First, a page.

The Husband’s Secret – Liane Moriarty


From the author of the critically acclaimed What Alice Forgot comes a breakout new novel about the secrets husbands and wives keep from each other.

My Darling Cecilia
If you’re reading this, then I’ve died . . .

Imagine your husband wrote you a letter, to be opened after his death. Imagine, too, that the letter contains his deepest, darkest secret – something so terrible it would destroy not just the life you built together, but the lives of others too. Imagine, then, that you stumble across that letter while your husband is still very much alive . . .

Cecilia Fitzpatrick achieved it all – she’s an incredibly successful business woman, a pillar of her small community and a devoted wife and mother. Her life is as orderly and spotless as her home. But that letter is about to change everything, and not just for her: Rachel and Tess barely know Cecilia – or each other – but they too are about to feel the earth-shattering repercussions of her husband’s devastating secret.



I have to admit, this book started off a bit slow. I often got confused as to which characters I was reading about, but they quickly began to differentiate themselves as their ‘lives’ moved on.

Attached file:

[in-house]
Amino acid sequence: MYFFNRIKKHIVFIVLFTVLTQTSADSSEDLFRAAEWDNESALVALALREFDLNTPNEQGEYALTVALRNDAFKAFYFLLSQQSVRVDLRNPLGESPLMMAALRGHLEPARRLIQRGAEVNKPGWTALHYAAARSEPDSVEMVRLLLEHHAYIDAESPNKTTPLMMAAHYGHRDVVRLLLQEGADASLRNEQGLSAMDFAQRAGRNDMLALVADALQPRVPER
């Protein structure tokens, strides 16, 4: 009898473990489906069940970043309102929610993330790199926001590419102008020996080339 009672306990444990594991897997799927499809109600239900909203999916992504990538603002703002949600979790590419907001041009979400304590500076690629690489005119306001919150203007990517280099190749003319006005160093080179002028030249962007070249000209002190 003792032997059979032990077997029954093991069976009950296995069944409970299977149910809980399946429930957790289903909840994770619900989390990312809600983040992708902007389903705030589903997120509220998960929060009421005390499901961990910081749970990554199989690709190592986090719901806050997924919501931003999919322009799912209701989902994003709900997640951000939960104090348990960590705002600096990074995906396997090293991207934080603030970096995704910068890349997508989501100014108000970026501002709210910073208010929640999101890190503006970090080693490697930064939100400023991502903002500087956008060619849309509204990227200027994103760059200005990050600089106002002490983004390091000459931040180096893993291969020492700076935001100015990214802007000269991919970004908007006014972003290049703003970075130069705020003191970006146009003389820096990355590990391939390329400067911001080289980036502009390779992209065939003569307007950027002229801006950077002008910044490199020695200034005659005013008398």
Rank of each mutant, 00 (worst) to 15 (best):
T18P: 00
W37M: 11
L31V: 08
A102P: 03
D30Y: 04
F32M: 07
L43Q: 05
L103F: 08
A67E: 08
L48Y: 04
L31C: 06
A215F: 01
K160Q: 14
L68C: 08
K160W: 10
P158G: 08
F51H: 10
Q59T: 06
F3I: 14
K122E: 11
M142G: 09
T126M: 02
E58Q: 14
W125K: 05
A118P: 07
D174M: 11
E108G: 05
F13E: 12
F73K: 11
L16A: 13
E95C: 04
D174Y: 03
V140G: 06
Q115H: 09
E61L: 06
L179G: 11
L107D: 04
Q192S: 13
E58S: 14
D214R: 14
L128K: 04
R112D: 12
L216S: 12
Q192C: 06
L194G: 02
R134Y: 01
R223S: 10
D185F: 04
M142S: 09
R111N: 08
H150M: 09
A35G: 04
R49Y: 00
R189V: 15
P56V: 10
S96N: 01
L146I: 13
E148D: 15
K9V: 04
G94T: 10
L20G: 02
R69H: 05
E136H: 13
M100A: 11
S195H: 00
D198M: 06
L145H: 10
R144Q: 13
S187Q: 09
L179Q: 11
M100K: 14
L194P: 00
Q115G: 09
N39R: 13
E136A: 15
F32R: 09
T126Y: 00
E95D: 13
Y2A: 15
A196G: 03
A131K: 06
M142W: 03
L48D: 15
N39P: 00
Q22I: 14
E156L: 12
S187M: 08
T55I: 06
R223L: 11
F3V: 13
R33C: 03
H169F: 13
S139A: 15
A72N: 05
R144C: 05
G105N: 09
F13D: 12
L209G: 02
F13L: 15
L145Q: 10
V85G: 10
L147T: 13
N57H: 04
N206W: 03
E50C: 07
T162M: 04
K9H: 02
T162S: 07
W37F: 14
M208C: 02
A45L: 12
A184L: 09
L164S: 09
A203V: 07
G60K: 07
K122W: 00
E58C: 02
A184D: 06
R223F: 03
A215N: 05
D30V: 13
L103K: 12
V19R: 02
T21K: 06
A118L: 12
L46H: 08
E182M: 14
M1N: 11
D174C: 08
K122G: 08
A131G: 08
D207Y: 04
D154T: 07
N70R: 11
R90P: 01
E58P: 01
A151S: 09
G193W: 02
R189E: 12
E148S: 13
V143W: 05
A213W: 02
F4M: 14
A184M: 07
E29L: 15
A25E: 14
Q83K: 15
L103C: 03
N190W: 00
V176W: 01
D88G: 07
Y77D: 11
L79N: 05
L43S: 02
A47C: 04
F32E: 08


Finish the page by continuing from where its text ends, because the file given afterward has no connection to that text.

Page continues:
Cecilia was a little irritating in her prefect and organised guise at life, but once things began to unravel for her, she became far more interesting to read. I am the complete antithesis of the domestic goddess that Cecilia strives to be.

Rachel is a broken woman. Understandable considering she’s never discovered the truth about her teenage daughter’s murder 28 years before. Couple this with her beloved grandson is moving across the world with his parents.

Tess was the character I could relate to most of all. Successful at work, but didn’t feel as if she should be worthy of that success. Then, her marriage is destroyed. She does what comes naturally to her, she runs to her mum.

Each of these women has issues,not all caused by their husbands,but mostly. Once it gets going, the story is a tangled weave of inter-crossing lives and histories.  It was a little confusing now and then, but all in all, I was able to keep track.

The book is very well written, even if the pace of the story is irregular, falling to a little bland in places. Having said that,  I will look for more by this author, in fact I have another on order.


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Filed under Chick Lit, contemporary, Friendship, Review, Romance, Suspense

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